Eli Grey

JIL 0.0.4

At this time I would be introducing Noteboard 2.1 but since the source files to that are on my corrupted hard drive, I began working on a updated version of JIL. One new great feature is chainable method calls.

Changelog for JIL 0.0.4:

  • JIL is now a function with properties, not just an object. Usage: JIL([prop [, arg1 [, ect]]]); The JIL function either returns itself or a property specified in the first argument if there is only one argument and it is not a method.
    • JIL("get", "OpenID", console.log) is the same as JIL.get("OpenID", console.log) and returns JIL
    • JIL("trust") will run JIL.trust() and returns JIL
    • JIL("origin") will return JIL.origin
    • JIL("undefined property that doesn't exit") returns JIL
  • JIL method calls are now chainable
  • No longer removes listeners if they are not already set
  • Added JIL.requestCallbacks.reset([key])
  • Replaced all single quotes with double quotes because I felt like it
  • JIL.loadFrame([readyCallback]) now passes readyCallback the JIL function
  • Added JIL.changeHost([origin [, path[, callback]]]) for easy host changing
  • JIL.query now only adds a callback if it is a function
  • JIL.handleMessage renamed to JIL.handleResponse
  • Grouped the fields first then the methods in the initialization for orginization
  • JIL.generateID removed and an anonymous ran-once function named safeRandID with collision prevention was placed inside JIL.query
  • JIL.frame.contentWindow.postMessage’s second argument is now always JIL.origin instead of “*”

You can download JIL 0.0.4 from code.eligrey.com/jdata/jil/0.0.4/

jData completely redone

I have recently completely redid all of jData to make a much securer version. I have also dropped the HTTP query parameter support due to most new advanced browsers support postMessage & localStorage (except Opera, which seems to currently only support postMessage).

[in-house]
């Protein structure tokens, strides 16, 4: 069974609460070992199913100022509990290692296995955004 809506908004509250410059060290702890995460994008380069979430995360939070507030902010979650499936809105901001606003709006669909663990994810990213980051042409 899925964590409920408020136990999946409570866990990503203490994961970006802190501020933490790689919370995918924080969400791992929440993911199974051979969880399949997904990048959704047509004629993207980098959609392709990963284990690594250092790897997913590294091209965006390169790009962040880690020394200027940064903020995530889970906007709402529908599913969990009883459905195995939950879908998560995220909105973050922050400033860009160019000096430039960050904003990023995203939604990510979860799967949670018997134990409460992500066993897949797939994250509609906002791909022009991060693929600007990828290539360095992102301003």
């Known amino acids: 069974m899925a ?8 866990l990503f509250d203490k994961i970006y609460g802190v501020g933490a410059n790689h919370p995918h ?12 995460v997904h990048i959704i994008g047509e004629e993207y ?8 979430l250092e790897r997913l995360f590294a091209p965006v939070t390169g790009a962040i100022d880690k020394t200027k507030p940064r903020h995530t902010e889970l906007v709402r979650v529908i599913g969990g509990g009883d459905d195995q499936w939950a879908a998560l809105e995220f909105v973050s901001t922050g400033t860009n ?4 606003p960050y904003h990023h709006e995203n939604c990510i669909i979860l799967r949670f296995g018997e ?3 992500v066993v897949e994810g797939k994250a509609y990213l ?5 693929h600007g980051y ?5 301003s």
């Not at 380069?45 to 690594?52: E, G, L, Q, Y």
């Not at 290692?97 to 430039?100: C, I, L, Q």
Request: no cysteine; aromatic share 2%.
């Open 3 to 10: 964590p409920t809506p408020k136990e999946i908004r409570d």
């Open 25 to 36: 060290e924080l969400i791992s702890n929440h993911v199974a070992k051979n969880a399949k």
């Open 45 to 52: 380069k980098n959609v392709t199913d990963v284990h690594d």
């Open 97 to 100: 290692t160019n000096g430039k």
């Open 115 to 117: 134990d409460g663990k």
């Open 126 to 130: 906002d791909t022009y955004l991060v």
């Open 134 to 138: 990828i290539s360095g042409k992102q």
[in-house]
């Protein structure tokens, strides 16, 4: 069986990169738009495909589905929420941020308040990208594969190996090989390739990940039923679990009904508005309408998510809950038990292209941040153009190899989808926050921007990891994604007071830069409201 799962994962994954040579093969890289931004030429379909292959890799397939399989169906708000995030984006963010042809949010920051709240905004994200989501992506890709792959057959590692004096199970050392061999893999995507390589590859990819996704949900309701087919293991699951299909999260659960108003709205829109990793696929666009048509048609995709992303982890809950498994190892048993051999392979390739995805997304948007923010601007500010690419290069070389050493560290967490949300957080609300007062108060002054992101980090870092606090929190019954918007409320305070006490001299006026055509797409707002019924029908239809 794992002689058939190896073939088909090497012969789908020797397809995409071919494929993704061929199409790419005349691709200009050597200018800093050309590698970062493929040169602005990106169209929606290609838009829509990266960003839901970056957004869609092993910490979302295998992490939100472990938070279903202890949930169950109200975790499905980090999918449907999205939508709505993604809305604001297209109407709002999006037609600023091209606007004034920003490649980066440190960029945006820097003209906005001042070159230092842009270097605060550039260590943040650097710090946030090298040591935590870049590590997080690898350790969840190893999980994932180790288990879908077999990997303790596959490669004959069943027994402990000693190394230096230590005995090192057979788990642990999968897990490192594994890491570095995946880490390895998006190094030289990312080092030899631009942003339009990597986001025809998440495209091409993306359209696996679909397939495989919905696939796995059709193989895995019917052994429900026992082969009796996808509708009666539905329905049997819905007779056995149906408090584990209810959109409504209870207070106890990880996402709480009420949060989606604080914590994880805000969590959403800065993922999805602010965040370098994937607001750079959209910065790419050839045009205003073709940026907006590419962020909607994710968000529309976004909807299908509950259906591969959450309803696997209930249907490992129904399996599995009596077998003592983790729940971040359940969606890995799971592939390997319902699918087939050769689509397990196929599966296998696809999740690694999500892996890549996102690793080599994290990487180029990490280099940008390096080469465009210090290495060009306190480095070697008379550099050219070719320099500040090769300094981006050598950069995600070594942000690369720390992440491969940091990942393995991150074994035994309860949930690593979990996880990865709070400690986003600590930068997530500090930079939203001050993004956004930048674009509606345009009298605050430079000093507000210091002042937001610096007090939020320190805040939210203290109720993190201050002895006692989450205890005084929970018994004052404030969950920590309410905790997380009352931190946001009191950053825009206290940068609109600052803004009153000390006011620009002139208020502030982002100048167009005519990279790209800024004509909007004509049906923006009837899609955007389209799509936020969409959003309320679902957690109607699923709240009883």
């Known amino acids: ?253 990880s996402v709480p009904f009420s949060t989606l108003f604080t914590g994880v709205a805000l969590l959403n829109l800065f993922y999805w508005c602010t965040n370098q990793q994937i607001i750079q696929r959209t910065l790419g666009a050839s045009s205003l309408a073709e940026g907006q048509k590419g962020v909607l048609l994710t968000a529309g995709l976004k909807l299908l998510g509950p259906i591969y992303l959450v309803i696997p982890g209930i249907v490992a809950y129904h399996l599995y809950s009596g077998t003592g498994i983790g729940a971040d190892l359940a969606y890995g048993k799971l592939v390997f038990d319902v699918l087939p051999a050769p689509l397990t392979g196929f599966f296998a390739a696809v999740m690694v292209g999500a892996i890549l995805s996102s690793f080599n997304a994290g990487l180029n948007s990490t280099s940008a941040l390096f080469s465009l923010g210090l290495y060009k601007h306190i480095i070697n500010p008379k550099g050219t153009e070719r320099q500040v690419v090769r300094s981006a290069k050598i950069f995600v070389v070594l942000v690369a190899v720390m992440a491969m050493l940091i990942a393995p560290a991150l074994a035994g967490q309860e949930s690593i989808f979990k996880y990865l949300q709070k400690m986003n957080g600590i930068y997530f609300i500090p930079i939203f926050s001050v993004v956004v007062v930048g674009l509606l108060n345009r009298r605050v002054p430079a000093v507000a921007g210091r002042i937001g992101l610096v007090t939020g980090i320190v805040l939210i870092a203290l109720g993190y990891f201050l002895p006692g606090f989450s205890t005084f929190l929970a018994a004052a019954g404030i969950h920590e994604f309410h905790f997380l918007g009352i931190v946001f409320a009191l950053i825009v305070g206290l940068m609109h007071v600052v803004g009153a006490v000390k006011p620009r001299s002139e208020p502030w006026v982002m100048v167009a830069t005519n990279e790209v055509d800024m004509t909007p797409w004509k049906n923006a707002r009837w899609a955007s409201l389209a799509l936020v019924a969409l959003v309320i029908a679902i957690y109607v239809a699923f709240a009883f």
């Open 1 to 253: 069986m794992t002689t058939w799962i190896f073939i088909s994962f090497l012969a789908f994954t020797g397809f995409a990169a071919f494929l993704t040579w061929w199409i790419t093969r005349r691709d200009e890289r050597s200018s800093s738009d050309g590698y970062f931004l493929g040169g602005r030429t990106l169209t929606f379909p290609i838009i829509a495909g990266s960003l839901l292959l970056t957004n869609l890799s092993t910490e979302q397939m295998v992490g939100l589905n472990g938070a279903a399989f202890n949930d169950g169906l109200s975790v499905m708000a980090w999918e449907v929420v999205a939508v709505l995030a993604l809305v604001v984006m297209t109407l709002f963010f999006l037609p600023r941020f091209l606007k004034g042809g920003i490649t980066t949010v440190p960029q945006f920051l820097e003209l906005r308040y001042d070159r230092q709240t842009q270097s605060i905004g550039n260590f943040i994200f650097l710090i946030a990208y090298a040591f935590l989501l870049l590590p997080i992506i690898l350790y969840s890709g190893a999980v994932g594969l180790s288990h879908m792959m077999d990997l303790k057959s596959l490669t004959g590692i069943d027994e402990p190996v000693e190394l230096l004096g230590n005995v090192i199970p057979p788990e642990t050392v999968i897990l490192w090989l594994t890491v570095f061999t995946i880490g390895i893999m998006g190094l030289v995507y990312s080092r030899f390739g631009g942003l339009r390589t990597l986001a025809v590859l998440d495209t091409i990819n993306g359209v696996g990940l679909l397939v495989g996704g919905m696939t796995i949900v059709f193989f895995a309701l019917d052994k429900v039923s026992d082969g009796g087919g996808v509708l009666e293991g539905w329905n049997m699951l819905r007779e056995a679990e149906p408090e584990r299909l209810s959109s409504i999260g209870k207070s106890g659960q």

The old version wasn’t practical due to having no security system that asked the user if they allowed an action, and the messages were just eval()’d right away. The new version features a much more reliable trust sytem that asks the user for confirmation before anything is set by an untrusted host. Getting data has no restrictions, though, like always. Only setting and removing data and requesting to become a trusted host prompt for user confirmation.

The jDataQuery() snippet I made is now obsolete (but still works as long as you make valid JSON requests that comply with the jData API Reference), and is replaced by JIL, an interface library for jData I also made today.

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jData’s major flaw (fixed)

jData is a great concept and all, but where it fails is that ANYONE can add/modify/delete item values. An example of when this works out good could be a when a legitimate website sets public.website to the website a user specifies and other websites auto-fill form fields with this data. An example of when it doesn’t work out is when any malicious website sets public.website to something like “example.com/BUY_MY_PRODUCT” without the user’s consent and websites auto-fill (or even worse, remove the option entirely and just use public.website) this data into form fields and the user submits the form, effectively advertising a company without knowledge of doing so.